Theoretically you might be able to come up with an answer for this. You might be able to study your genes, and decide that carbs or caffeine or gluten or lactose are great or not so great ideas for you. Or you might be able to analyse the research and decide, for example, that the Mediterrean diet is great for health.
However, whatever answer you arrived at, I'd question.
Because - how do we define 'best'?!
Surely it depends on your goals?
And secondly, surely it just does not matter which is the 'best' diet if you cannot or do not want to consistently eat that way!
Individuals are uniquely and amazingly different, and there is not going to be one 'best' diet that suits everyone out there.
Not everyone responds the same way to digesting and absorbing particular foods. Although many of the basic biochemistry pathways are the same, the DNA we have, the nutritional excesses or deficiencies we've experienced (especially at crucial developmental stages), the bacteria and viruses we've been exposed to, our activity levels, stress, and trauma, sunlight and vitamin D, alcohol and other drugs, can all influence our genes, what proteins they produce, the number of mitochondria (energy factories in our cells) we have, and their efficiency.
It is SO complicated that in the young field of nutrition science, we haven't even begun to untangle all of this properly.
Let's not fall into the trap of playing victim to our genes though. Whilst we can undoubtedly recognize the role they play, it's important to know that no matter our history, we can still influence the way our genes are expressed and therefore our metabolism by the behaviours we engage in.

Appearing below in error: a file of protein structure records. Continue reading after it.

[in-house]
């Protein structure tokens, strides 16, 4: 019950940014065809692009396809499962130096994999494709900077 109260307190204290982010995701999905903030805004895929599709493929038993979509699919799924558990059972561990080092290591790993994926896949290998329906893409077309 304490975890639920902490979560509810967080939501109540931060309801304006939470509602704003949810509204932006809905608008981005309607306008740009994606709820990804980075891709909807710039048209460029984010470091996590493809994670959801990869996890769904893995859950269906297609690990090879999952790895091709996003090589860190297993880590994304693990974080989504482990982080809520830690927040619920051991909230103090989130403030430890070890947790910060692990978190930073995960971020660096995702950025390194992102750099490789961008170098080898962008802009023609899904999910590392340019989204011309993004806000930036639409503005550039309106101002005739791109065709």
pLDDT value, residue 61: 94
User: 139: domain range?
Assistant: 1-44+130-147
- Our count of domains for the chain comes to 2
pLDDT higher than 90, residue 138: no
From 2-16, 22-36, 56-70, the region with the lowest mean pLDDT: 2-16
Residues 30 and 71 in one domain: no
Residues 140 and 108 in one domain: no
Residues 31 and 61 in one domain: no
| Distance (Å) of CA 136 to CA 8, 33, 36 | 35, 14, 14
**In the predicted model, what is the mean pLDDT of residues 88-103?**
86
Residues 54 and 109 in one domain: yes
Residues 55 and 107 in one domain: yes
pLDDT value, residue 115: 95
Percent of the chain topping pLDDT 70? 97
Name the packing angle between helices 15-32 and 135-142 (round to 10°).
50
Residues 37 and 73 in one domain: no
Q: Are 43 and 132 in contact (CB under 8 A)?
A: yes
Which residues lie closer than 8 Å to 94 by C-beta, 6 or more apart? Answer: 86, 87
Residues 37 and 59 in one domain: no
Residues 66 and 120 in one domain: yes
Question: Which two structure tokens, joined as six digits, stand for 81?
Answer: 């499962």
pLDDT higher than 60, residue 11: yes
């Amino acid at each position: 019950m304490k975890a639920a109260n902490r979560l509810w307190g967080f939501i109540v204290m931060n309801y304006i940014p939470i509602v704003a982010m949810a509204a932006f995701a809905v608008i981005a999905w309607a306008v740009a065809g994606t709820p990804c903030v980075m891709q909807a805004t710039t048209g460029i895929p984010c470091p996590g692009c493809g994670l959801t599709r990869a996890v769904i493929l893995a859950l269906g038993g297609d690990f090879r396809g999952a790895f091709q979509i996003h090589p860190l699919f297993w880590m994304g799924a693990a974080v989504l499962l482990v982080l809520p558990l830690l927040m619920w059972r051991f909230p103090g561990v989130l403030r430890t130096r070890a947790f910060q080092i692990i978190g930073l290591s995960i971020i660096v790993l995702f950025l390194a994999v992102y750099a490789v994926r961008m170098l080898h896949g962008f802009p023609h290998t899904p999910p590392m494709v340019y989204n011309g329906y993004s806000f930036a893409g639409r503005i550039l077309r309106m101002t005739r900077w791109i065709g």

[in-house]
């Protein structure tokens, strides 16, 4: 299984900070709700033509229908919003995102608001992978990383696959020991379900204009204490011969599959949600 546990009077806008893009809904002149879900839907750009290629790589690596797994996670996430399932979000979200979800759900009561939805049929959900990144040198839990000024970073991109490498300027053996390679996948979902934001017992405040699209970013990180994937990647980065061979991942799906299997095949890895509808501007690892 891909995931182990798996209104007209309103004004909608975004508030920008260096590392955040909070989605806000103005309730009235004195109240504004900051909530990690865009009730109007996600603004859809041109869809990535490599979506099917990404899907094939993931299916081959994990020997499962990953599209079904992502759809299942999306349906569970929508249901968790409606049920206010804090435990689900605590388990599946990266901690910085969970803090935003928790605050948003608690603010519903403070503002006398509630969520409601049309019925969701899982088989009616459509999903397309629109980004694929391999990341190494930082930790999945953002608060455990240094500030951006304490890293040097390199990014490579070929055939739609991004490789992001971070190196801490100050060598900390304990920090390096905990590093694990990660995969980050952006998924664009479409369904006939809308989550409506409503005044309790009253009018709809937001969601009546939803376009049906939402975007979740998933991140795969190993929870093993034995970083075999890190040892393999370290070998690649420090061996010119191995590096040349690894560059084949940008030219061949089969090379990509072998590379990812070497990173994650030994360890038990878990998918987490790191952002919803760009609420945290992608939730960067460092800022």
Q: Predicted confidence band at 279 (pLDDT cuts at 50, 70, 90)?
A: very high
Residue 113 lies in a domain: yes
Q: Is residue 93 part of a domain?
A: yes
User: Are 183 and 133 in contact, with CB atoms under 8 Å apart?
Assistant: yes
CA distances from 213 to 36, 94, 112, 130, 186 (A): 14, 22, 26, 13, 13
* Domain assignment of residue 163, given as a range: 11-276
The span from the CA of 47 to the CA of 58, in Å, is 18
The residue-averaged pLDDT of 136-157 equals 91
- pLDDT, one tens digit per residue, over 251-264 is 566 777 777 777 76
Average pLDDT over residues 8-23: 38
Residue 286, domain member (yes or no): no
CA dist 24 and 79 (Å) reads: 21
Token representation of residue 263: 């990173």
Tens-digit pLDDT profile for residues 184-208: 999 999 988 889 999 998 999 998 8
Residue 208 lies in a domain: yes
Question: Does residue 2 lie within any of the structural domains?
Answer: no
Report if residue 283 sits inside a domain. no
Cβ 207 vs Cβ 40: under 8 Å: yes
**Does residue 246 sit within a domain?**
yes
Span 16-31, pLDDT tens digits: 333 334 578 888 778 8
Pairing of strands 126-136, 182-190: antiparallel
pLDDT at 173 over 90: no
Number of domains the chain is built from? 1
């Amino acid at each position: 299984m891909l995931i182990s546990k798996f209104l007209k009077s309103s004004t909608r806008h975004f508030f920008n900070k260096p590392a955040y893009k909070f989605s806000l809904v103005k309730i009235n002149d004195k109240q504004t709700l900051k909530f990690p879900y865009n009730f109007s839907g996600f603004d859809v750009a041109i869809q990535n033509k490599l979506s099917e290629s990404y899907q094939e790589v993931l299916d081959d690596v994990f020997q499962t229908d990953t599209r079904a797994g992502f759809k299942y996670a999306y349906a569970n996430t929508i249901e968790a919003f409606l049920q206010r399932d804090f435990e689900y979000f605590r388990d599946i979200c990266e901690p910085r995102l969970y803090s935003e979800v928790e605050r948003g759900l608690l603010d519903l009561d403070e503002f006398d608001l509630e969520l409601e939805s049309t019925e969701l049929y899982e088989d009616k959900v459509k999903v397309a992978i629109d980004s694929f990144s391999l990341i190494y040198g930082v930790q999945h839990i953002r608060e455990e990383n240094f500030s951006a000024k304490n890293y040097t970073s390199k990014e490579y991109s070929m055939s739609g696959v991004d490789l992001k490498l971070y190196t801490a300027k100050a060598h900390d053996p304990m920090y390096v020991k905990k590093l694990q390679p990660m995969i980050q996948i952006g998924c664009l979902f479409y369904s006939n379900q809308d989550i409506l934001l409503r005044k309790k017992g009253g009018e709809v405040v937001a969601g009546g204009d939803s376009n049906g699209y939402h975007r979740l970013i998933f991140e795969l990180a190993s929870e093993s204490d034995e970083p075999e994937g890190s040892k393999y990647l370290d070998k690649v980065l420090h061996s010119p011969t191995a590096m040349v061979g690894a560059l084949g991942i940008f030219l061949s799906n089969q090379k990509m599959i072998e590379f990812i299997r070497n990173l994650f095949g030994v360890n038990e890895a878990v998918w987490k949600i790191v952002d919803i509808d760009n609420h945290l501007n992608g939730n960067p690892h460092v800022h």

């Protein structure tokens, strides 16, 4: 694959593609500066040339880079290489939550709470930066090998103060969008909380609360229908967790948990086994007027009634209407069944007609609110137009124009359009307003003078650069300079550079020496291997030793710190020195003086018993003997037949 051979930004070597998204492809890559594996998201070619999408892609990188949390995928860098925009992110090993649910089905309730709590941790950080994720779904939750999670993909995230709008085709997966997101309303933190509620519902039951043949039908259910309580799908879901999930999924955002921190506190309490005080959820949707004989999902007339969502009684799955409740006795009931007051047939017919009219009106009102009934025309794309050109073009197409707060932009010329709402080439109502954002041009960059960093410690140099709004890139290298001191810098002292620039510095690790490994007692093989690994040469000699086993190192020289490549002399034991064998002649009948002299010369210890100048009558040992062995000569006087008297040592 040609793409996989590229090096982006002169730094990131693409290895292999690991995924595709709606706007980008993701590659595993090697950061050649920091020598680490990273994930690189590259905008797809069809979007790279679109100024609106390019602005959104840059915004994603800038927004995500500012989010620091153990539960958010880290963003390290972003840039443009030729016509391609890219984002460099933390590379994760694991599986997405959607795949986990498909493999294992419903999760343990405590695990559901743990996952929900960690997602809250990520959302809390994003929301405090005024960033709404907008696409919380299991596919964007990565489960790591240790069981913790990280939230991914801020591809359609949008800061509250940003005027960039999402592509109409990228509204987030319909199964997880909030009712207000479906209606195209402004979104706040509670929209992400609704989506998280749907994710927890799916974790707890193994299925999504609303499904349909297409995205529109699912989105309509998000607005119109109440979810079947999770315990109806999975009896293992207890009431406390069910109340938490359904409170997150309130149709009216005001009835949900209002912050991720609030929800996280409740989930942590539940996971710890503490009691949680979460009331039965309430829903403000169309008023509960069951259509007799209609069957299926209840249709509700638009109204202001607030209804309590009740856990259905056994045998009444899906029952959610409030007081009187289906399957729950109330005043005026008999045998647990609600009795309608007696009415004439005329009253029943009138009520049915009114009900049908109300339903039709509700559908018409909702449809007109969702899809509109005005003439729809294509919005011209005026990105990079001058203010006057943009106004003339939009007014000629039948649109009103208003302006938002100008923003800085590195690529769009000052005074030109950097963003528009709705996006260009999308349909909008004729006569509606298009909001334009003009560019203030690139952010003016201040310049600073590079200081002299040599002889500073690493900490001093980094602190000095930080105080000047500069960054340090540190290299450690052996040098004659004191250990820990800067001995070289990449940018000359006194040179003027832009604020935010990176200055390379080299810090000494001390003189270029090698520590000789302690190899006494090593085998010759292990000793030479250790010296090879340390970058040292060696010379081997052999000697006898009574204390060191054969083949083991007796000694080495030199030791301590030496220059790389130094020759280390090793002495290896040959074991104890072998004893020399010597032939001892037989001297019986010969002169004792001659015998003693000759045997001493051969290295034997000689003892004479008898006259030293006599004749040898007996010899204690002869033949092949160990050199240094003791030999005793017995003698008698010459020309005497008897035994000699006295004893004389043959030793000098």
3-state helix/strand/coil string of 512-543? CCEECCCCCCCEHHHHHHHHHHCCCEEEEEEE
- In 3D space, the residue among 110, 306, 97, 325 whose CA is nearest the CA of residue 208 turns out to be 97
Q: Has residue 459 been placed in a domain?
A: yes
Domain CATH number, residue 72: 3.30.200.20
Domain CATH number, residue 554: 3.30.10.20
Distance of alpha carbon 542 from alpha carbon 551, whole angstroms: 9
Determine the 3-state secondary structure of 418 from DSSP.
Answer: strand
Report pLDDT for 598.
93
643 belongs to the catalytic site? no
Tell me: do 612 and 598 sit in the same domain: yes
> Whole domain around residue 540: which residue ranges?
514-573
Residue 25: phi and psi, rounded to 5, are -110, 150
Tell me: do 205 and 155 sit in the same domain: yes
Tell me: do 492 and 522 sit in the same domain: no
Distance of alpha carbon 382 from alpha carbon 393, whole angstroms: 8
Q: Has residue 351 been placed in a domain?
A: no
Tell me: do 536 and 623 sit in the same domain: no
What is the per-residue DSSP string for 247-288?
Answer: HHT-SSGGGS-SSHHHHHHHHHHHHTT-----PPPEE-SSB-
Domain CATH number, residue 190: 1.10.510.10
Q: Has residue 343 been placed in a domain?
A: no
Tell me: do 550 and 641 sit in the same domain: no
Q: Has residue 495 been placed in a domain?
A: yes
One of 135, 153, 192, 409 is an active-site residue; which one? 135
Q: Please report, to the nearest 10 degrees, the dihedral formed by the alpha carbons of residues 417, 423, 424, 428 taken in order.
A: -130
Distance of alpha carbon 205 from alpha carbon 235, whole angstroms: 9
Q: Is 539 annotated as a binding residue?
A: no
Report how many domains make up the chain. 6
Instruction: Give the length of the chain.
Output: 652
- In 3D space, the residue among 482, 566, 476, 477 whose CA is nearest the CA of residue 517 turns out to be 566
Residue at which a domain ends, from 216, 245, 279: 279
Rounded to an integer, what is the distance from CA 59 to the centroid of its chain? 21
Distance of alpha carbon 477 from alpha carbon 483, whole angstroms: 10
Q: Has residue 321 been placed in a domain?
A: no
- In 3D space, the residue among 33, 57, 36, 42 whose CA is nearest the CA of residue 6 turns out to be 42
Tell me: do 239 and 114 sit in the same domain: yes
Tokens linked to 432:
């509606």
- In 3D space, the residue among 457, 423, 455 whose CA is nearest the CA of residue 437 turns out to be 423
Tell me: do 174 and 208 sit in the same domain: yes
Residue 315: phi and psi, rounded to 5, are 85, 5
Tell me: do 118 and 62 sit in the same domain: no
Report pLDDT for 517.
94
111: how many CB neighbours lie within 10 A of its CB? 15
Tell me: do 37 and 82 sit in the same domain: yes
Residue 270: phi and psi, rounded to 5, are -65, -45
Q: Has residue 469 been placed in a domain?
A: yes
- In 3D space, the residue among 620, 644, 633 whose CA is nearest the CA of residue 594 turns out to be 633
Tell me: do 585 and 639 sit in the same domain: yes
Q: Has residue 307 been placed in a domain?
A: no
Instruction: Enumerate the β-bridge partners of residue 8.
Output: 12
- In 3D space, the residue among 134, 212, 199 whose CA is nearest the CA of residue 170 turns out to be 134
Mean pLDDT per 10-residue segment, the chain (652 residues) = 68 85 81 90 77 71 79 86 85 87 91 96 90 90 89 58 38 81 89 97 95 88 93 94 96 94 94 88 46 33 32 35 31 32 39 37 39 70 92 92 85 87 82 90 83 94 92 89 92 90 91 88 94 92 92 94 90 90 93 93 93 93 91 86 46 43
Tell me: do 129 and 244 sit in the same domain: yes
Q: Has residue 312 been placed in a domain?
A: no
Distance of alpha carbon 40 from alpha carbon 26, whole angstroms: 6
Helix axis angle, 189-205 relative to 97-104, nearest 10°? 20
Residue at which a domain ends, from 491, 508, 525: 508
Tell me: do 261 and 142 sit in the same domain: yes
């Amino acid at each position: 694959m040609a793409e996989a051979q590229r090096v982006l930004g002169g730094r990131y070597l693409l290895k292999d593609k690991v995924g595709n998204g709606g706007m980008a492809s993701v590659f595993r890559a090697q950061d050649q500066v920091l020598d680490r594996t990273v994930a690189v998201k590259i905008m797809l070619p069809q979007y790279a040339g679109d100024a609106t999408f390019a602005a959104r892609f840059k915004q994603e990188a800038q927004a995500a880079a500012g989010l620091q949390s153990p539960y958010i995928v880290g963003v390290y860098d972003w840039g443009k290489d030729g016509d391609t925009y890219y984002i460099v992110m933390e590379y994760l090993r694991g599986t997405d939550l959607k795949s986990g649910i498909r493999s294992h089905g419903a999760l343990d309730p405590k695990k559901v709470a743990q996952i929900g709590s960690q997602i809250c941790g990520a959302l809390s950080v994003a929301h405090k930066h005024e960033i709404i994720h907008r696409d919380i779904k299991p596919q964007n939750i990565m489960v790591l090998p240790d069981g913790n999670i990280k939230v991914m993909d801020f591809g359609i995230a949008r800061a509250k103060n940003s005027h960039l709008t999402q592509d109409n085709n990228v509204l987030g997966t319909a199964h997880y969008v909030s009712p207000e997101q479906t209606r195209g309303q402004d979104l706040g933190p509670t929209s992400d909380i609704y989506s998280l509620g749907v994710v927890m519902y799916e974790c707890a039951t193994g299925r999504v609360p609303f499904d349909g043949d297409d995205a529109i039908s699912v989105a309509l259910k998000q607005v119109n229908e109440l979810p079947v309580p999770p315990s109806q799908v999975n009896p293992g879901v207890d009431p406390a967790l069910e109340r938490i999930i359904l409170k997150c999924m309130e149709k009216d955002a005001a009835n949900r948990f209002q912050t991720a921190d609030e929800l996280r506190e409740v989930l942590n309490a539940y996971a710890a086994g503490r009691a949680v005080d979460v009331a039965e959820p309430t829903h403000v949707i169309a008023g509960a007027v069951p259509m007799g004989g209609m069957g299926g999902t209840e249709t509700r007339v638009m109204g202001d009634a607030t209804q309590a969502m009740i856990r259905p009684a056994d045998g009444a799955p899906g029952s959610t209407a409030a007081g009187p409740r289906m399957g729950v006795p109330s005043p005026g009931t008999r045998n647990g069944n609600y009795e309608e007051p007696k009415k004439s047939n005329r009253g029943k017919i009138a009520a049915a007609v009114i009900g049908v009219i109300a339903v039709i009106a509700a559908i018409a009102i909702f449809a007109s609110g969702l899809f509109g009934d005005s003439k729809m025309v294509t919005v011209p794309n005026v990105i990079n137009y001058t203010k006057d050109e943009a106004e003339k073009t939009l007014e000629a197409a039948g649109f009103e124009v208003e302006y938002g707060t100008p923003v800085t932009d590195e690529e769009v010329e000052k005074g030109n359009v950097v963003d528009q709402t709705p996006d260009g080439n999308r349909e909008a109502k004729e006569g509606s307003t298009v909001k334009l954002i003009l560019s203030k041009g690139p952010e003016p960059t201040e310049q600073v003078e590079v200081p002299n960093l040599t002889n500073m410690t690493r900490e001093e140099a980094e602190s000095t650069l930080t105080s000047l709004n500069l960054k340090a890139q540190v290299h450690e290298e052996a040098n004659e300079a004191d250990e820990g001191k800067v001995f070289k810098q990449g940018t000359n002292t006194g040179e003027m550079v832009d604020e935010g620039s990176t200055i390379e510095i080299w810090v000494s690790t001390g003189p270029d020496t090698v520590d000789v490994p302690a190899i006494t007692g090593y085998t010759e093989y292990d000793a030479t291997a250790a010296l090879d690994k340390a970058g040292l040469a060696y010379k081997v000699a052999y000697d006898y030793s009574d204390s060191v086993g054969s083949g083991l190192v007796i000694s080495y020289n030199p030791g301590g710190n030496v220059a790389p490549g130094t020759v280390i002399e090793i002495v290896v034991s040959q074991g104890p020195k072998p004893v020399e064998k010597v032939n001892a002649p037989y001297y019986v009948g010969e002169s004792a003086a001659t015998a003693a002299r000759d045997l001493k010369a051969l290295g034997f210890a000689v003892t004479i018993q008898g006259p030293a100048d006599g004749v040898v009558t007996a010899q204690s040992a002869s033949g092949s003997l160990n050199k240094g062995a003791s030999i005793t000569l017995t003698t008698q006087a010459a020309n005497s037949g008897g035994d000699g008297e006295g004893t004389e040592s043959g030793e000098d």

We have far more power to change things than we think.
The best 'diet' for you is this:
- the one that you can stick to, that allows you to apply the fundamental health and lifestyle habits consistently: movement, stress, sleep and nutrition.
- the one that uses outcome-based decision making, that allows you to gather real information about your real life, your experience, you body and what works and does not work for you.
So beware the meal plan, the diet rules, the 6-week programme that doesn't leave space for you as an individual. Beware the advice that is black-and-white or states that this is right and that is wrong. There is no cookie-cutter one-size-fits-all approach.
Instead, as individuals, as coaches, and as an industry, we should be going more along the lines of:
'I don't know, let's find out together!'
What a phrase. With this answer, the connection, the journey and the growing starts. Maybe you came here for a definitive or prescriptive answer. But I think you got something more exciting than that.
The idea that you are already the expert in your own body.
The idea that there is no right or wrong, and you cannot fail at this.
There's no failure, only feedback.
We listen, we learn and we grow.
That's the best diet, no?
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